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Opinions sought for improvements to C Street and beyond

Most ask Downtown San Diego Partnership for parks and green space

The Downtown San Diego Partnership took over a block of C Street this afternoon, October 24, astroturfing the sidewalks and inviting passersby in for an event the group billed "tactical urbanism."

A band performed at one corner, while the southern side of C between Third and Fourth avenues was lined with tables offering seating for 100 or more to stop in and eat lunch alongside the trolley tracks. Across the street, several works of art offered a view of what the block — fronted on one side by the U.S. Grant Hotel and on the other by abandoned buildings — could look like in an improved state.

"C Street is a vital civic corridor in Downtown that is blighted and underused. The Downtown San Diego Partnership has identified revitalizing C Street as a priority in its newly unveiled 20-year vision for Downtown San Diego," says a release promoting the activities. "This event is the first in a series to use the tenets of tactical urbanism to creatively reimagine important public spaces throughout Downtown."

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The event, scheduled to run from 11:30 a.m. to 1 p.m., was initially sparsely attended, but more people began to trickle in as lunch hour arrived.

Along a fence, boards were placed with an invitation for everyone to jot down their vision for improving the block or downtown; colorful round stickers soon dotted the boards. Suggestions ranged from nonsensical (mustache wax) to the far-fetched (an "underground transit mall" and a red-light district) to the more predictable.

Several participants called for a new Chargers stadium downtown; about as many were asking for more public art, increased public-transit options, and bike-lane expansions. A significant number of stickers asked for a public pool to be installed nearby.

By far, the most popular suggestions, based on volume, were calls for more parks and green space (one suggested public rooftop gardens) and to address the homeless population problem.

Though no steps were identified as a means to address most of the concerns brought forth by the community, the Downtown Partnership earlier this year created a well-paid position specifically to conduct homeless outreach, so the organization and community at least appear to agree on the importance of that issue.

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The Downtown San Diego Partnership took over a block of C Street this afternoon, October 24, astroturfing the sidewalks and inviting passersby in for an event the group billed "tactical urbanism."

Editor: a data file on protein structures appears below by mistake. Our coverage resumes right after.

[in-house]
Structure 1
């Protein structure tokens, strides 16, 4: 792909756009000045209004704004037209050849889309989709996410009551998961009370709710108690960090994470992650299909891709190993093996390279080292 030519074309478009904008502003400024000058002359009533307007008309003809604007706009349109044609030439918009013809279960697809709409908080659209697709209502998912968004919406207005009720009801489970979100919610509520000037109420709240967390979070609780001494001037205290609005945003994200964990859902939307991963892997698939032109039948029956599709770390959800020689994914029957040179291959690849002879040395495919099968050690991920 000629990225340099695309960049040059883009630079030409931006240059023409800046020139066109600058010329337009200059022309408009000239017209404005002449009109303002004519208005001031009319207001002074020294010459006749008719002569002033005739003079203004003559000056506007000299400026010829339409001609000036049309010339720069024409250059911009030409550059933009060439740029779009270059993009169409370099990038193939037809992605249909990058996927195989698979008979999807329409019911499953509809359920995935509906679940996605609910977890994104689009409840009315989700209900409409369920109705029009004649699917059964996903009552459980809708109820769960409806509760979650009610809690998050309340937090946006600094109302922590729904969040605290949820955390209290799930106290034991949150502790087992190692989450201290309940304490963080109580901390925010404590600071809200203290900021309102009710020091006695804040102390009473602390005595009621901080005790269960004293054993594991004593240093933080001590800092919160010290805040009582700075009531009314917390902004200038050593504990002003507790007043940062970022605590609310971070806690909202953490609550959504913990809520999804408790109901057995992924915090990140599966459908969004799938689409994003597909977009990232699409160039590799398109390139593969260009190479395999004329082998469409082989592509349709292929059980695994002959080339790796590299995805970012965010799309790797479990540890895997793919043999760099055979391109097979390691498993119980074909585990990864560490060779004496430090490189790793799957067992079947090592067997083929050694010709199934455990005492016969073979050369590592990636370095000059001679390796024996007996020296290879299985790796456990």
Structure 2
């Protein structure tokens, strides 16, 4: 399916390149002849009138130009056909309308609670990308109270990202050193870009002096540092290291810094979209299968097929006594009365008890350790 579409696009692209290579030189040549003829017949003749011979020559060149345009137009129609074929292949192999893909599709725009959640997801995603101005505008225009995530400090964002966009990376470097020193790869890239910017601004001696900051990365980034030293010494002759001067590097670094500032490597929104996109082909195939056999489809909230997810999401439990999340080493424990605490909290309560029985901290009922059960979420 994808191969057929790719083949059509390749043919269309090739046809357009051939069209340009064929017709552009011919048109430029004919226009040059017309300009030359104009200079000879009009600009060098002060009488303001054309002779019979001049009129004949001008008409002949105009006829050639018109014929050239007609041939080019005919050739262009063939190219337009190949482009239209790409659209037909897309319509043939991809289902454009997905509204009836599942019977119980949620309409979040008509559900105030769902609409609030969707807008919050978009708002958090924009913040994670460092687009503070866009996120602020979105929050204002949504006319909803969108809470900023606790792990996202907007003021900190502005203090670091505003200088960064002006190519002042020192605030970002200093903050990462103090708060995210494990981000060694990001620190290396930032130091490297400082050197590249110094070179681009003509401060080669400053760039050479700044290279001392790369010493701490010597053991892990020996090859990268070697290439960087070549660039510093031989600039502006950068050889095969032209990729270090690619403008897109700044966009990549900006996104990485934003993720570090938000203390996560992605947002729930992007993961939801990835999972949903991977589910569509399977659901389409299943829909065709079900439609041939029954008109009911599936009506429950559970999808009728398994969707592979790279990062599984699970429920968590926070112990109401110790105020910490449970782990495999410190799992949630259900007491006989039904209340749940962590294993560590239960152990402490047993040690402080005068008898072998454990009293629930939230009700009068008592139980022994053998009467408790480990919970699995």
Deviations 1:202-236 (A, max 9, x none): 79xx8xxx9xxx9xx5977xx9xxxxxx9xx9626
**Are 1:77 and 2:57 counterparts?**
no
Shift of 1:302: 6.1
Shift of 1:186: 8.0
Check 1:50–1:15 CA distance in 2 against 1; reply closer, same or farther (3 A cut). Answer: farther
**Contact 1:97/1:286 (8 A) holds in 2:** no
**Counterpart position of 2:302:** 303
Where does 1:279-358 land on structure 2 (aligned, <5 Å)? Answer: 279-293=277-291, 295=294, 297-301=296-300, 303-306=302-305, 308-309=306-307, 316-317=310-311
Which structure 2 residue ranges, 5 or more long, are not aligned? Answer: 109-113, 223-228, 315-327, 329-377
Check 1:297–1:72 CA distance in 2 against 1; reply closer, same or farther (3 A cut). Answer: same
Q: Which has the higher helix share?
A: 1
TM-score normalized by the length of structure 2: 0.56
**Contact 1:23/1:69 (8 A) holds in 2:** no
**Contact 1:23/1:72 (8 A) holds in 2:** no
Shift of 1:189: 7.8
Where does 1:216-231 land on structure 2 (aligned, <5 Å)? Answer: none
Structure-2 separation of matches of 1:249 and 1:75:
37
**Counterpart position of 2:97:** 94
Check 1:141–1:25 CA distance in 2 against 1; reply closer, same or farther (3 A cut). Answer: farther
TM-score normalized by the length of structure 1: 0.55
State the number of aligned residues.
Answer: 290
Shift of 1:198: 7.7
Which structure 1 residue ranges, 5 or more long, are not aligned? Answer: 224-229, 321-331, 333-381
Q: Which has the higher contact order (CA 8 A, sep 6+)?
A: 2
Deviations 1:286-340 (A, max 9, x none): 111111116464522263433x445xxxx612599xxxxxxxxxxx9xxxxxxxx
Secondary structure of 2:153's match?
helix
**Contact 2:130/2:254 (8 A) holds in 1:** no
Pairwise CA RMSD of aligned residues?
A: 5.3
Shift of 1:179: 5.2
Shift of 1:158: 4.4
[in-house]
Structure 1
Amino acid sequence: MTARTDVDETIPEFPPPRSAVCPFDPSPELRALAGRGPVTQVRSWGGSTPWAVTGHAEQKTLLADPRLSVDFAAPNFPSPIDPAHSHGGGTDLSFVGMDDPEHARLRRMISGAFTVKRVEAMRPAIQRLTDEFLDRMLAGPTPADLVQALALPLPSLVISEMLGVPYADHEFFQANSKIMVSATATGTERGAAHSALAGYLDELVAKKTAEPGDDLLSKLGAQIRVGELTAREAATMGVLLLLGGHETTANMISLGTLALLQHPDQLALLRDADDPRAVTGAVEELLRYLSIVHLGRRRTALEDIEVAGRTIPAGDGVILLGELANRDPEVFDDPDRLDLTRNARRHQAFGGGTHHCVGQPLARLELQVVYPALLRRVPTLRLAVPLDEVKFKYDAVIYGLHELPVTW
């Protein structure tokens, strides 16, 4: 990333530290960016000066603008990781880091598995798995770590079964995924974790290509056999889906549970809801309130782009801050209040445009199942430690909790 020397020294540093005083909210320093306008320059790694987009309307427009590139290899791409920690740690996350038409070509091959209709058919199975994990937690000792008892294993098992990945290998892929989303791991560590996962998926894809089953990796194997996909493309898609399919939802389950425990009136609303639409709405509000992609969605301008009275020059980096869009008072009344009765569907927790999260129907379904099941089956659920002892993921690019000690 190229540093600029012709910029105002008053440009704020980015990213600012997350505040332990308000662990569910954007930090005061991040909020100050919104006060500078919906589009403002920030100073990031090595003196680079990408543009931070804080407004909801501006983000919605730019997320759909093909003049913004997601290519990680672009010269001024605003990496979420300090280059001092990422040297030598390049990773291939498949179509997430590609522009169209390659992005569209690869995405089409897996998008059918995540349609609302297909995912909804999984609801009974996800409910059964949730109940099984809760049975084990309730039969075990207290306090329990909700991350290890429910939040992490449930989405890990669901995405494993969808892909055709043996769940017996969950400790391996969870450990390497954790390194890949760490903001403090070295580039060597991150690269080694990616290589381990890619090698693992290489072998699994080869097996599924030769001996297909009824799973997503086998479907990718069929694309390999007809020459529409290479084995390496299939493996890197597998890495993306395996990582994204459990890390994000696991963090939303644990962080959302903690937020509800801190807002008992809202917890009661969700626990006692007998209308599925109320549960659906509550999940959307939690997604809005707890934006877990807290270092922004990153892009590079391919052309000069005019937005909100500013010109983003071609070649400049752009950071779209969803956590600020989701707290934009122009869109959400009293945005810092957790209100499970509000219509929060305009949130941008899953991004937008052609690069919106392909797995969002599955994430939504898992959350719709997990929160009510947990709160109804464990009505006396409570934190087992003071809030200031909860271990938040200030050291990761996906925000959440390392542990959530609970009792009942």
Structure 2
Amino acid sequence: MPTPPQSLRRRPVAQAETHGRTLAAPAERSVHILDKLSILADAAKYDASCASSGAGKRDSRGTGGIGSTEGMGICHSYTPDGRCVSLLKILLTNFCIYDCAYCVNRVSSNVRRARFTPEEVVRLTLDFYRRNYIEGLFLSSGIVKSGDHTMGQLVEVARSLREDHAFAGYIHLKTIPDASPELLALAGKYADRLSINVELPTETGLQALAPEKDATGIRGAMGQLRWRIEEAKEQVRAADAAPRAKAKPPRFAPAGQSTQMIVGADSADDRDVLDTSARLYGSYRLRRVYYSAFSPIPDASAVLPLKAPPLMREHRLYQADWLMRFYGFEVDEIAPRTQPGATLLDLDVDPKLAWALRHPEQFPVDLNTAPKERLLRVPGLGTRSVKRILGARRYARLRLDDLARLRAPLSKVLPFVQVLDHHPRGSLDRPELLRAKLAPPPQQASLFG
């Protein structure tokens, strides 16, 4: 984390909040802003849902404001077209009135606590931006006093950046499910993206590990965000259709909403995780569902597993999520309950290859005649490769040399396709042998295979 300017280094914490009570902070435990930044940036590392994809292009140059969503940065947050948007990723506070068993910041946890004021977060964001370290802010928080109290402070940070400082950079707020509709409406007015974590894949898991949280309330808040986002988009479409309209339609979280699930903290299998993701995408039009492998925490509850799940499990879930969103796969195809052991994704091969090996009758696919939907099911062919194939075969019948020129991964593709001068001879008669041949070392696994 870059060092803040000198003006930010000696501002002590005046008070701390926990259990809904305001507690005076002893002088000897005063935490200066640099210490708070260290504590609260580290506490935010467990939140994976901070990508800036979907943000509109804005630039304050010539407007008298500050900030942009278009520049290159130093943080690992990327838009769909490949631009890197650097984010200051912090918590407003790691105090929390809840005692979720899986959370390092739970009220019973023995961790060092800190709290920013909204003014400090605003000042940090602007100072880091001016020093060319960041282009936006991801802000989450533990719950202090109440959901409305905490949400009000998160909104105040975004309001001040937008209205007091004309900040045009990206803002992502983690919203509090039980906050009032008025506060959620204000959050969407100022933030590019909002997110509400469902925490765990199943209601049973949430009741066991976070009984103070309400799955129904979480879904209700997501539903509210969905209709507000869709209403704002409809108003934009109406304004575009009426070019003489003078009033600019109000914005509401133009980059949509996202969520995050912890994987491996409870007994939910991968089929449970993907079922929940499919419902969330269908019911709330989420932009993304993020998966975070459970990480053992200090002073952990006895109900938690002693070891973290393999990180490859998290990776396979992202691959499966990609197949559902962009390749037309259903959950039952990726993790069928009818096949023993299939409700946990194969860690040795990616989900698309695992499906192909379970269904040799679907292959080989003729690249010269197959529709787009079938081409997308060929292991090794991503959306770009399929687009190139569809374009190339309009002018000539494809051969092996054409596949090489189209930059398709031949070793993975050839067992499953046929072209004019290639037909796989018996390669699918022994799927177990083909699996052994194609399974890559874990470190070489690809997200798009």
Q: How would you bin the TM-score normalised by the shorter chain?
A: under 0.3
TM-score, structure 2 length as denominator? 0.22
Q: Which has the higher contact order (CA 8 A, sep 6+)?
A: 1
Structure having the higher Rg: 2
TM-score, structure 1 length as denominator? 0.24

A band performed at one corner, while the southern side of C between Third and Fourth avenues was lined with tables offering seating for 100 or more to stop in and eat lunch alongside the trolley tracks. Across the street, several works of art offered a view of what the block — fronted on one side by the U.S. Grant Hotel and on the other by abandoned buildings — could look like in an improved state.

"C Street is a vital civic corridor in Downtown that is blighted and underused. The Downtown San Diego Partnership has identified revitalizing C Street as a priority in its newly unveiled 20-year vision for Downtown San Diego," says a release promoting the activities. "This event is the first in a series to use the tenets of tactical urbanism to creatively reimagine important public spaces throughout Downtown."

Sponsored
Sponsored

The event, scheduled to run from 11:30 a.m. to 1 p.m., was initially sparsely attended, but more people began to trickle in as lunch hour arrived.

Along a fence, boards were placed with an invitation for everyone to jot down their vision for improving the block or downtown; colorful round stickers soon dotted the boards. Suggestions ranged from nonsensical (mustache wax) to the far-fetched (an "underground transit mall" and a red-light district) to the more predictable.

Several participants called for a new Chargers stadium downtown; about as many were asking for more public art, increased public-transit options, and bike-lane expansions. A significant number of stickers asked for a public pool to be installed nearby.

By far, the most popular suggestions, based on volume, were calls for more parks and green space (one suggested public rooftop gardens) and to address the homeless population problem.

Though no steps were identified as a means to address most of the concerns brought forth by the community, the Downtown Partnership earlier this year created a well-paid position specifically to conduct homeless outreach, so the organization and community at least appear to agree on the importance of that issue.

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